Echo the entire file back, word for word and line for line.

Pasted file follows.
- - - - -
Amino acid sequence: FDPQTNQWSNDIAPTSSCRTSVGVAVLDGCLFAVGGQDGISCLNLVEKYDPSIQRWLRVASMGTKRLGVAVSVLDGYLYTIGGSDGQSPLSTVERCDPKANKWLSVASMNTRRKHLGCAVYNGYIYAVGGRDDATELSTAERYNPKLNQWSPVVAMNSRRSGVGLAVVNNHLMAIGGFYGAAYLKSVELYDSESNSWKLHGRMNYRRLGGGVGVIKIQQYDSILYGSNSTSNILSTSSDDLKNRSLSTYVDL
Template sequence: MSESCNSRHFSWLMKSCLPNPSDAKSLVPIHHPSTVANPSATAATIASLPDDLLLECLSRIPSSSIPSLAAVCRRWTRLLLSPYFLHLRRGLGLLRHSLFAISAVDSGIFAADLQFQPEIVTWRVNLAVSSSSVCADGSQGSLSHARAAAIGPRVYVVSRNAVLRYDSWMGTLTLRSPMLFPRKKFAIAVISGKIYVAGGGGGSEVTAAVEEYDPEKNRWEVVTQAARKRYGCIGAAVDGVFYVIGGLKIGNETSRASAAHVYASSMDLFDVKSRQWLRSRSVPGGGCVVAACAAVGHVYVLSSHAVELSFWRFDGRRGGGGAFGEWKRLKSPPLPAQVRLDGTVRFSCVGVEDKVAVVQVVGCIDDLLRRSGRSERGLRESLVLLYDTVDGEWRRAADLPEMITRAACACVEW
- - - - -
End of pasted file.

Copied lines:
Amino acid sequence: FDPQTNQWSNDIAPTSSCRTSVGVAVLDGCLFAVGGQDGISCLNLVEKYDPSIQRWLRVASMGTKRLGVAVSVLDGYLYTIGGSDGQSPLSTVERCDPKANKWLSVASMNTRRKHLGCAVYNGYIYAVGGRDDATELSTAERYNPKLNQWSPVVAMNSRRSGVGLAVVNNHLMAIGGFYGAAYLKSVELYDSESNSWKLHGRMNYRRLGGGVGVIKIQQYDSILYGSNSTSNILSTSSDDLKNRSLSTYVDL
Template sequence: MSESCNSRHFSWLMKSCLPNPSDAKSLVPIHHPSTVANPSATAATIASLPDDLLLECLSRIPSSSIPSLAAVCRRWTRLLLSPYFLHLRRGLGLLRHSLFAISAVDSGIFAADLQFQPEIVTWRVNLAVSSSSVCADGSQGSLSHARAAAIGPRVYVVSRNAVLRYDSWMGTLTLRSPMLFPRKKFAIAVISGKIYVAGGGGGSEVTAAVEEYDPEKNRWEVVTQAARKRYGCIGAAVDGVFYVIGGLKIGNETSRASAAHVYASSMDLFDVKSRQWLRSRSVPGGGCVVAACAAVGHVYVLSSHAVELSFWRFDGRRGGGGAFGEWKRLKSPPLPAQVRLDGTVRFSCVGVEDKVAVVQVVGCIDDLLRRSGRSERGLRESLVLLYDTVDGEWRRAADLPEMITRAACACVEW